Dazrin writes: “I saw a comment in the Gerber Sport Utility Kit review that made me want to post something on first aid kits. I carried around a home-made first aid kit — thanks to my wife and mother-in-law — with me for a few years. I couldn’t imagine not having one anymore. We’ve used it for many things from trail side (4×4 trails) patching to scraped knuckles in the garage, and when a friend had an allergic reaction to something at a church potluck we had the right meds to help her out.”
“Mine was stolen recently so I bought an Adventure Medical Kits ‘Outfitter Kit’ first aid kit. I like to have a fairly complete kit, so that is why I chose the Outfitter, but AMK has a lot of other kits available.”
“Amazon has it at a decent price — as opposed to getting the components separately — and it’s a great value. Basegear.com also has them (and much more) for a good price. When supplemented with more bandaids, more generic drugs, a flashlight, an emergency blanket, etc. you can make a good kit like this great.”
“The old kit was in a red, Stack-On tool box and had “First Aid” written on it in reflective tape, so it was easy to find for anyone who was just told ‘get the first aid kit.’ The new one is soft-sided which is good and bad: good in that you have less wasted space — almost the same contents, 1/2 the space — but bad in that everything can get crushed easily and it is denser, so it is harder to find the one thing you need.”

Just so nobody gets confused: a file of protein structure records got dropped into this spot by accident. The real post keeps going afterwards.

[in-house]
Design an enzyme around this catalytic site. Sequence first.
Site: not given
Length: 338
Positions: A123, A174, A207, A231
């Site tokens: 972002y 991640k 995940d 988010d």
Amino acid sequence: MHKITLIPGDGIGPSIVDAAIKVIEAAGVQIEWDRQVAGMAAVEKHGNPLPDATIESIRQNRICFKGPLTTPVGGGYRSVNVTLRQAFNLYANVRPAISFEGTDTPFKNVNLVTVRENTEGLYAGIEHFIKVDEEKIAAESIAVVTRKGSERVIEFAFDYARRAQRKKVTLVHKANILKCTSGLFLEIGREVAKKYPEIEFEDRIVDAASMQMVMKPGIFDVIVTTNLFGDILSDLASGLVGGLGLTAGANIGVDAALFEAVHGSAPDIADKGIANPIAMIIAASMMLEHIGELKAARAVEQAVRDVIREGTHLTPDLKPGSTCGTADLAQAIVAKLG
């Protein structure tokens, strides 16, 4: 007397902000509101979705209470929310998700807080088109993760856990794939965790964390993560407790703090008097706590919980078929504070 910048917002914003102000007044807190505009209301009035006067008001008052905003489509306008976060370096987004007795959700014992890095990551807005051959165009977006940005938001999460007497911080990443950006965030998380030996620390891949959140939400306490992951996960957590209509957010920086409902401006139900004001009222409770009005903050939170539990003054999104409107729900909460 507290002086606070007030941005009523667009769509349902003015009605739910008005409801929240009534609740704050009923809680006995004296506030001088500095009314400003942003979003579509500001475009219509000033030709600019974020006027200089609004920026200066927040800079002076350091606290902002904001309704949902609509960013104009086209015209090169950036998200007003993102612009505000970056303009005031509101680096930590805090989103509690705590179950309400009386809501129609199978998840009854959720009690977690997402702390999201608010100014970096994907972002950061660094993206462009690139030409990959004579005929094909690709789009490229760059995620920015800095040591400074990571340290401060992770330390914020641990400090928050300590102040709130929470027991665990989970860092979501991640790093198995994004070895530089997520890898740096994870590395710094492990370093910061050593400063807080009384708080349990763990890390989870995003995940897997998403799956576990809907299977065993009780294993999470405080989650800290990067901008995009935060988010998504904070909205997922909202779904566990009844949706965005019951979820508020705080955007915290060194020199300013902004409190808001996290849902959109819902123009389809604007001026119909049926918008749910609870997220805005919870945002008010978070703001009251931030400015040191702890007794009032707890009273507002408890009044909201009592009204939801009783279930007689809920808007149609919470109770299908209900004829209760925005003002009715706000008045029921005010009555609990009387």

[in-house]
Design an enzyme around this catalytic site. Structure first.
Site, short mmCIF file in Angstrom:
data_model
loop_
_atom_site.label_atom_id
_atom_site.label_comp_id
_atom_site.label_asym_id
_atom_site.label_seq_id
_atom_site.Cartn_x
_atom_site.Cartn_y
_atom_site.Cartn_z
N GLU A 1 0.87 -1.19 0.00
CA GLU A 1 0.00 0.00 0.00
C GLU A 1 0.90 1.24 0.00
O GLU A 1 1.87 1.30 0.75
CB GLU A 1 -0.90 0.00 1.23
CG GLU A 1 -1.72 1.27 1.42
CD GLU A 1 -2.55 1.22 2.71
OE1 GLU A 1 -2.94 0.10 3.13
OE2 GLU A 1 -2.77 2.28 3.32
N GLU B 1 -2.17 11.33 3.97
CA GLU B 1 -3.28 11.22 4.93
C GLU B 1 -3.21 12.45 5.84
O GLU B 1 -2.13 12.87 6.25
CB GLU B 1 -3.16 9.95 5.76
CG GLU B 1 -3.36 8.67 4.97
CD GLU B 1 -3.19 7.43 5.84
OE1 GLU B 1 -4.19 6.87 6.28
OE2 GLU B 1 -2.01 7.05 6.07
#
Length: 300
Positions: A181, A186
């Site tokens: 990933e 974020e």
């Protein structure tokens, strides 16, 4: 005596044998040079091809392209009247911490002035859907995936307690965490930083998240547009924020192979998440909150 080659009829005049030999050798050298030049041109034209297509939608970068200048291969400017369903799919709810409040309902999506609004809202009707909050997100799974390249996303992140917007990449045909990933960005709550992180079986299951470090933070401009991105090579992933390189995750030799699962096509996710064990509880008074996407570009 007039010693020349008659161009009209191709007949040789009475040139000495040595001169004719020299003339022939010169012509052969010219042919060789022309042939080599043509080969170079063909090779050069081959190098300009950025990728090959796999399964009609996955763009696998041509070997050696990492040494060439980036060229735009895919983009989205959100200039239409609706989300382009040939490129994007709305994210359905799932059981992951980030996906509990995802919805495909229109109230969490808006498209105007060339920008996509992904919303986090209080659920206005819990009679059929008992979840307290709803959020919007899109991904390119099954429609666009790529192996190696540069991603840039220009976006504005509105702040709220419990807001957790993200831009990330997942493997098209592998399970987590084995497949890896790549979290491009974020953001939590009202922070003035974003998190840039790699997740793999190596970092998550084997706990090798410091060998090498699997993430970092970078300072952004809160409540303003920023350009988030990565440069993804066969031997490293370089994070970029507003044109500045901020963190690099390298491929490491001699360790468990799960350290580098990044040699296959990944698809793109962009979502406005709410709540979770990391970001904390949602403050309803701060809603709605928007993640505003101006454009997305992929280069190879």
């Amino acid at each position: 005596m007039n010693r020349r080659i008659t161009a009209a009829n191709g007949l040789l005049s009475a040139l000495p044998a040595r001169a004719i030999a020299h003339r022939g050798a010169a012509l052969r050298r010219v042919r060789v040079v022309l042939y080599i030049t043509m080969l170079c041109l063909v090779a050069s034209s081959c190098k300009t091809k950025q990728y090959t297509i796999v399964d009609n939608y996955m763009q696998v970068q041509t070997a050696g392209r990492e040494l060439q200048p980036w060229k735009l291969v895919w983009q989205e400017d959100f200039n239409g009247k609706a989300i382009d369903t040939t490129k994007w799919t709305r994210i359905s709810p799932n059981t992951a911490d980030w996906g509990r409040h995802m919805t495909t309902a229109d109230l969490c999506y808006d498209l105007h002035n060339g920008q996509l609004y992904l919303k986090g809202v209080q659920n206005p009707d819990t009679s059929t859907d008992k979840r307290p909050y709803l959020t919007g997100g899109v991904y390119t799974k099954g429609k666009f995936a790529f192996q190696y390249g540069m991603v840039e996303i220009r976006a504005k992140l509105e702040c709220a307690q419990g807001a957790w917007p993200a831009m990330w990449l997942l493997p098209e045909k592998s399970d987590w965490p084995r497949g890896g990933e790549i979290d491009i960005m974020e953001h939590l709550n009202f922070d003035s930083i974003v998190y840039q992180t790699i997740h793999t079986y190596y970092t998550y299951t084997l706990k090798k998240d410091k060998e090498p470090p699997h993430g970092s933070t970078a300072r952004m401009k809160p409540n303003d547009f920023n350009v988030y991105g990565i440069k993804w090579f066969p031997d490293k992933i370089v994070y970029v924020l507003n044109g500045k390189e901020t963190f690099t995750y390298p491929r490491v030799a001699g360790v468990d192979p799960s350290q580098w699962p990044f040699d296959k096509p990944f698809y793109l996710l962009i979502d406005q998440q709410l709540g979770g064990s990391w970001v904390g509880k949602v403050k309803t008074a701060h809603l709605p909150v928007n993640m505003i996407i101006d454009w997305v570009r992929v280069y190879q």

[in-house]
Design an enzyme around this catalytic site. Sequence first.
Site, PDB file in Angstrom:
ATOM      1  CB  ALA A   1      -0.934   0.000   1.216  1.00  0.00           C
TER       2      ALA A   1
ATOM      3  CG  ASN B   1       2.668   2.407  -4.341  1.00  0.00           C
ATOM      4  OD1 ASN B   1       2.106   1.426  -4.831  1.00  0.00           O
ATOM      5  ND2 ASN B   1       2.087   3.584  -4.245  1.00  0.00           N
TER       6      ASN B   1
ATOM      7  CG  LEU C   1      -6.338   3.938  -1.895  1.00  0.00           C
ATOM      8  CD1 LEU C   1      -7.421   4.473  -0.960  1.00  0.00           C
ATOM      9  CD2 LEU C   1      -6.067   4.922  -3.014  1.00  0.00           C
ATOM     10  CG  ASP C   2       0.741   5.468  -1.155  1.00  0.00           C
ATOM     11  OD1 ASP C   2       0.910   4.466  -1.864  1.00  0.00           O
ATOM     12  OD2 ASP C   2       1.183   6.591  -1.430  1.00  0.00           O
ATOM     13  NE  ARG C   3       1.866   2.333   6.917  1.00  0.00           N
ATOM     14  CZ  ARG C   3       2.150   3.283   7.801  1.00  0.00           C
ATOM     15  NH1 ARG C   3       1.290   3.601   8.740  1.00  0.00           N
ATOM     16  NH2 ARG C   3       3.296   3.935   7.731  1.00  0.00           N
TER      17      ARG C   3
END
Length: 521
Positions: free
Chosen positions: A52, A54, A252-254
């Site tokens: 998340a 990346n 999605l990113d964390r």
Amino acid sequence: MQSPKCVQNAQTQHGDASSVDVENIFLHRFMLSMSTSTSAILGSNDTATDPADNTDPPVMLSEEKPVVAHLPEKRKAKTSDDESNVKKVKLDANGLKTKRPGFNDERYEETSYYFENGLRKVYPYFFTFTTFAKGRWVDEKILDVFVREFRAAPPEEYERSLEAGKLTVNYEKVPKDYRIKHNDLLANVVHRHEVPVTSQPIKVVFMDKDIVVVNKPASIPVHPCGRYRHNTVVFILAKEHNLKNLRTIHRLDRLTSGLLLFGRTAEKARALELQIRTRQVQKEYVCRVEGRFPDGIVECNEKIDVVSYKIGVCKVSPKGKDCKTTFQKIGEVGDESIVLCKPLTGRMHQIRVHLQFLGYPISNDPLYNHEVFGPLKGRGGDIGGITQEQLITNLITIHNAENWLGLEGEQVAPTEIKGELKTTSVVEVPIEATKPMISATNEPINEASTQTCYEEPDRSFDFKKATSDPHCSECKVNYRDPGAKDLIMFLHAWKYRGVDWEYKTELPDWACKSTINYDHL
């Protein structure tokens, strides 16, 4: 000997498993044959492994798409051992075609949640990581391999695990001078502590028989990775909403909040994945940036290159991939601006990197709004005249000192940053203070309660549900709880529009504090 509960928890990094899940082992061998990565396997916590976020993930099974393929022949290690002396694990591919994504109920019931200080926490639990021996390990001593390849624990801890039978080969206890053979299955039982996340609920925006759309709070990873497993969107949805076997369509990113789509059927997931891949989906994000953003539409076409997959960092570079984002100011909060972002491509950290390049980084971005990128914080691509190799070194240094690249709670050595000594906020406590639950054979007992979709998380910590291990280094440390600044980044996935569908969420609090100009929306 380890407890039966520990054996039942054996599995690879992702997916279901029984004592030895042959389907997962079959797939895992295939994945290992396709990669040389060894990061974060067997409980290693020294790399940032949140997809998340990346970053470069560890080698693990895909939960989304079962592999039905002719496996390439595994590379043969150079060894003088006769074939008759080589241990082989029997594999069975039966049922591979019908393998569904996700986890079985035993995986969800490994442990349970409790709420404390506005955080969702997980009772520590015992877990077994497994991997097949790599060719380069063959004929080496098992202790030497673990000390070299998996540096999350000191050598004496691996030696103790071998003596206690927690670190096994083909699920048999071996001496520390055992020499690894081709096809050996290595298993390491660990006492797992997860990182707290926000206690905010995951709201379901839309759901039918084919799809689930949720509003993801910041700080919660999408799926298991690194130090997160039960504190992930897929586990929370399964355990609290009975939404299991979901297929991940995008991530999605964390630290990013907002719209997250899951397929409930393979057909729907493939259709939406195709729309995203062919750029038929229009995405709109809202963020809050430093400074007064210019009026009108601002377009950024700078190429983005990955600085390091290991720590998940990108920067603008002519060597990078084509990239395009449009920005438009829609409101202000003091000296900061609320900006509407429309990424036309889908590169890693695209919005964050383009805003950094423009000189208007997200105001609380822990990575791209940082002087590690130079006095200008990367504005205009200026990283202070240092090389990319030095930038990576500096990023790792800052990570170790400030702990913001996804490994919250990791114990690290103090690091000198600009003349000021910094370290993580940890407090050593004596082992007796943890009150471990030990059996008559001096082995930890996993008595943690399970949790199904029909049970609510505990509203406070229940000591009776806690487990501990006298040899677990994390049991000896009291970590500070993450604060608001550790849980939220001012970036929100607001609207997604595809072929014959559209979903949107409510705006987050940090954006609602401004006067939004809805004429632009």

Thanks for submitting this. I used to have a good first aid kit in every vehicle, but recently I’ve sort of dropped the ball on it. I totally agree that the best way to assemble a decent kit on the fly is to buy a pre-made kit, then supplement with your own stuff. Plastic bandages and Advil seem to depart the kit at an alarming rate — especailly once your friends discover that you keep one in the car — but they’re so cheap to replace there’s no reason not to be helpful.
I’m going to work on putting another one together, and this might be a good place to start. I think I’ll go a little cheaper for the car kits, but this looks awesome for home or shop. (Remember in the shop to go heavy on the burn materials — you’ll need ’em eventually.)
I definitely like the soft-sided bags for car use — they’ll cram under seats and such where toolboxes dare to tread — but I could go either way for home. Having tried it a few times, though, I’m not a fan of the tackle-box approach.
Street pricing for the AM Outfitter starts at around $90, though Amazon has it right now for $83.